With respect to the characterization of prior convictions as crimes of violence, we have determined it involves a question of law and not fact, so it does not implicate the Sixth Amendment for the purpose of requiring the characterization of the offense to be charged in the indictment and proven to a jury. See id. at 1224-26. Thus, we can easily resolve and dismiss Mr. Quijada's district court argument that a jury, not the district court, should have determined any issue with respect to the characterization of his convictions as "crimes of violence."
In order to fully understand Mr. Quijada's new argument on appeal that the district court improperly failed to apply a categorical approach in characterizing his prior convictions as crimes of violence, we look at the principles involving the categorical approach. When a defendant contests whether his prior conviction is a crime of violence, we have held that the trial court is generally required to take a categorical approach by looking only to the fact of the conviction and the statutory definition of the prior offense. United States v. Hernandez-Rodriguez, 388 F.3d 779, 782 (10th Cir. 2004) (relying on Taylor v. United States, 495 U.S. 575, 602 (1990)). When the statute "reaches behavior that may or may not encompass conduct that constitutes a crime of violence," we have held an exception exists allowing the district court to "look to the charging paper and judgment of conviction in order to determine if the actual offense the defendant was convicted of qualifies as a crime of violence." Id. at 782-83 (quotation marks and citations omitted). This type of categorical approach allows the sentencing court to examine sources of undisputed information rather than conduct a fact-finding inquiry, thereby sparing it from conducting mini-trials on prior offenses which have already been adjudicated. See United States v. Damon, 127 F.3d 139, 145 (1st Cir. 1997).
Since our decision in Hernandez-Rodriguez and the Supreme Court's decisions in Taylor, Blakely, and Booker, the Supreme Court has looked at the categorical approach and exceptions thereto in the context of situations where, like here, the defendant pled guilty to a prior offense. See Shepard v. United States, ___ U.S. ___, 125 S. Ct. 1254 (2005). In determining whether a prior offense qualifies as a crime of violence, it explained a court is "generally limited to examining the statutory definition, charging document, written plea agreement, transcript of plea colloquy, and any explicit factual finding by the trial judge to which the defendant assented." Id. at 1257 (emphasis added).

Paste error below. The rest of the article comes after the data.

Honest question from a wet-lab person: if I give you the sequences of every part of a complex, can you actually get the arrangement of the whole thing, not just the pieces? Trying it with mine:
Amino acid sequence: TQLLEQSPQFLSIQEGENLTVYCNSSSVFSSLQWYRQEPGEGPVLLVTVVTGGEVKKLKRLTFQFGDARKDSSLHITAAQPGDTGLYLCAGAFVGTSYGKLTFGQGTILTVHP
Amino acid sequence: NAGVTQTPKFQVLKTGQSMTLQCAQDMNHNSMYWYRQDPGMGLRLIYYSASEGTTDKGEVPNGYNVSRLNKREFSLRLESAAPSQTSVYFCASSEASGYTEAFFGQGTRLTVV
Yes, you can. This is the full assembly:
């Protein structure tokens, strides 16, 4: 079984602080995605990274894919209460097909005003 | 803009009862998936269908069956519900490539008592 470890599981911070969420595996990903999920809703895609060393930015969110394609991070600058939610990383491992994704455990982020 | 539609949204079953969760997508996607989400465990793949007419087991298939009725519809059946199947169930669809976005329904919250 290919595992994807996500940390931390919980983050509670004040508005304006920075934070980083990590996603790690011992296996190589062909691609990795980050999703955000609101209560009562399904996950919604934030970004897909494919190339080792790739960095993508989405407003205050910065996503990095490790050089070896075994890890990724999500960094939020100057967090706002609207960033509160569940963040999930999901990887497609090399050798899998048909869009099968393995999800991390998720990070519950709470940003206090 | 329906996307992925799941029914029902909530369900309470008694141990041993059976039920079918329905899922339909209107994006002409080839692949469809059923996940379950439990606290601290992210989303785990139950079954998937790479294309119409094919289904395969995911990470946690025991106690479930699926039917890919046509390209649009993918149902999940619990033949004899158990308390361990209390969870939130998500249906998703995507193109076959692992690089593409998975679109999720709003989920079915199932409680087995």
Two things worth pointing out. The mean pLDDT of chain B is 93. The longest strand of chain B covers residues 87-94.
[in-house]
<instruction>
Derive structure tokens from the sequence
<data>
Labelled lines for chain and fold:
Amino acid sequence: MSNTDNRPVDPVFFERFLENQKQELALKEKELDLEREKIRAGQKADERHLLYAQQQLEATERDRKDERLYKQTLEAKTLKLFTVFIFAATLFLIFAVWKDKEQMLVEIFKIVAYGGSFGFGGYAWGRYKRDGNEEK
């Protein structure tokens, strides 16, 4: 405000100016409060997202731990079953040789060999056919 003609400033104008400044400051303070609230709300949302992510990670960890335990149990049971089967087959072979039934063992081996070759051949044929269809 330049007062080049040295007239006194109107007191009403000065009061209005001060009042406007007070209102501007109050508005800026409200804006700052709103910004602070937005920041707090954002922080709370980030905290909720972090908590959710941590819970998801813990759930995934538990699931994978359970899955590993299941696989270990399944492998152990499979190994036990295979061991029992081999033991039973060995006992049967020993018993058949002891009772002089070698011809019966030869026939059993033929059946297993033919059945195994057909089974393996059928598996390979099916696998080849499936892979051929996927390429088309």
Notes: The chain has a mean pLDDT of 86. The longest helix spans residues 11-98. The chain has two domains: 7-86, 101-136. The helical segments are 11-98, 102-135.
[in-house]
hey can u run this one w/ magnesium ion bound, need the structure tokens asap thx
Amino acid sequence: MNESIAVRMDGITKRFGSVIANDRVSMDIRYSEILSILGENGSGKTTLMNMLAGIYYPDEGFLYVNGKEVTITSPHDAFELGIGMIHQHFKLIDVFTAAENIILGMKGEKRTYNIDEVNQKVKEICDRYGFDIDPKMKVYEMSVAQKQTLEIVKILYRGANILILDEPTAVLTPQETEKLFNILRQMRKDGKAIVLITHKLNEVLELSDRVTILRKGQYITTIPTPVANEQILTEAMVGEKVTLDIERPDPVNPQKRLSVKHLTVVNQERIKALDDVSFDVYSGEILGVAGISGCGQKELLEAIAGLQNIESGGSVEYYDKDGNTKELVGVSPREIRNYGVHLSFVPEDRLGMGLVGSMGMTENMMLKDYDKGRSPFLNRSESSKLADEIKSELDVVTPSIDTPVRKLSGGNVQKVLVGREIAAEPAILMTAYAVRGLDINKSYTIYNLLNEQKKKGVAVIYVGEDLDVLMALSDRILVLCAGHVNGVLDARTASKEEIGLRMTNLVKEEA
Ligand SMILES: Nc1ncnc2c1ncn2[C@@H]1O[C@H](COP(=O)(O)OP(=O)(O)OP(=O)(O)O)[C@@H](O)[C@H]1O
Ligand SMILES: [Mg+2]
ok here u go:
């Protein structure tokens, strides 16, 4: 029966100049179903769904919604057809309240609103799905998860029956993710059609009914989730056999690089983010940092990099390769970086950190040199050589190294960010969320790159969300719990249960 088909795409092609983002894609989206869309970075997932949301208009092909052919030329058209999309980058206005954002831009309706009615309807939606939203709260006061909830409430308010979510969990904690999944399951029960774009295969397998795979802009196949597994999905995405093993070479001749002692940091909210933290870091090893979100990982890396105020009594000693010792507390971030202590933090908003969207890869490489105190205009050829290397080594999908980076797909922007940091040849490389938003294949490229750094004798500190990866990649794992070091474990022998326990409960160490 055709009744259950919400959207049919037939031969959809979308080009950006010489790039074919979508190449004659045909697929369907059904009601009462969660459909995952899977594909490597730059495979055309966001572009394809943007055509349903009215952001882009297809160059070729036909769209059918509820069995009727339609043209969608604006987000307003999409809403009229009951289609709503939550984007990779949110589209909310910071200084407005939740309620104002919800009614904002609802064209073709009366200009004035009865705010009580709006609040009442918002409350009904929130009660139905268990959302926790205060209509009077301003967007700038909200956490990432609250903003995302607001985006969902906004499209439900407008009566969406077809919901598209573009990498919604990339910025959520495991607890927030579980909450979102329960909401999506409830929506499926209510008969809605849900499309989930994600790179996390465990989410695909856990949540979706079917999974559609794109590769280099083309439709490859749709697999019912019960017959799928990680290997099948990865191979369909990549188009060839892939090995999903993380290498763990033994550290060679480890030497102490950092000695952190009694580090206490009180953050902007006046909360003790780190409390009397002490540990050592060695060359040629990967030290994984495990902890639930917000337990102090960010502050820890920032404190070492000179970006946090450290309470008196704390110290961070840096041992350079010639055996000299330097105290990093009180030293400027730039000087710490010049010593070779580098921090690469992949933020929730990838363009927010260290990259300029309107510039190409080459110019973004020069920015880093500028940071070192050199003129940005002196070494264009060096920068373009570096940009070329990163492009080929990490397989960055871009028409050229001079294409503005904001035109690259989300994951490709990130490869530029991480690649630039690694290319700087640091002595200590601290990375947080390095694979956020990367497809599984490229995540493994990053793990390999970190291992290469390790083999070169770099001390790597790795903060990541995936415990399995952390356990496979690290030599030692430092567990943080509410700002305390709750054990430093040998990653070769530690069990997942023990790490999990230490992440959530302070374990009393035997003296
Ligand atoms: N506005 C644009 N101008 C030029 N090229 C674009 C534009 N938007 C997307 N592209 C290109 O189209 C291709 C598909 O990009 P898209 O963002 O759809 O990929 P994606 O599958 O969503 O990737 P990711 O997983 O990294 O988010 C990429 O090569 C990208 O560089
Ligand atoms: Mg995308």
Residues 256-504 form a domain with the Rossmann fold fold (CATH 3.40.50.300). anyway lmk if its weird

The categorical approach begins with an examination of the statute supporting the prior conviction. In this case, § 13A is entitled "Assault or assault and battery; punishment" and states that "[w]hoever commits an assault or an assault and battery upon another shall be punished by imprisonment for not more than 2 ½ years in a house of correction or by a fine of not more than $1,000." Mass. Gen. Laws ch. 265, § 13A. As the parties in this case acknowledge, the elements for assault and battery are not statutorily defined but, instead, are defined solely by common law. See Commonwealth v. Burke, 457 N.E.2d 622, 624 (Mass. 1983); Commonwealth v. Slaney, 185 N.E.2d 919, 922 (Mass. 1962). Under Massachusetts common law, "[a]n assault and battery is the intentional and unjustified use of force upon the person of another, however slight ...." See Commonwealth v. McCan, 178 N.E. 633, 634 (Mass. 1931). The Massachusetts Supreme Court, as well as the First and Seventh Circuits, has determined § 13A covers two separate crimes involving 1) actual (or potential ) physical harm, and 2) nonconsensual, nonharmful touching. See United States v. Jones, 235 F.3d 342, 346 (7th Cir. 2000); United States v. Fernandez, 121 F.3d 777, 779 (1st Cir. 1997) (relying on United States v. Harris, 964 F.2d 1234, 1236 (1st Cir. 1992)); Burke, 457 N.E.2d at 624-25.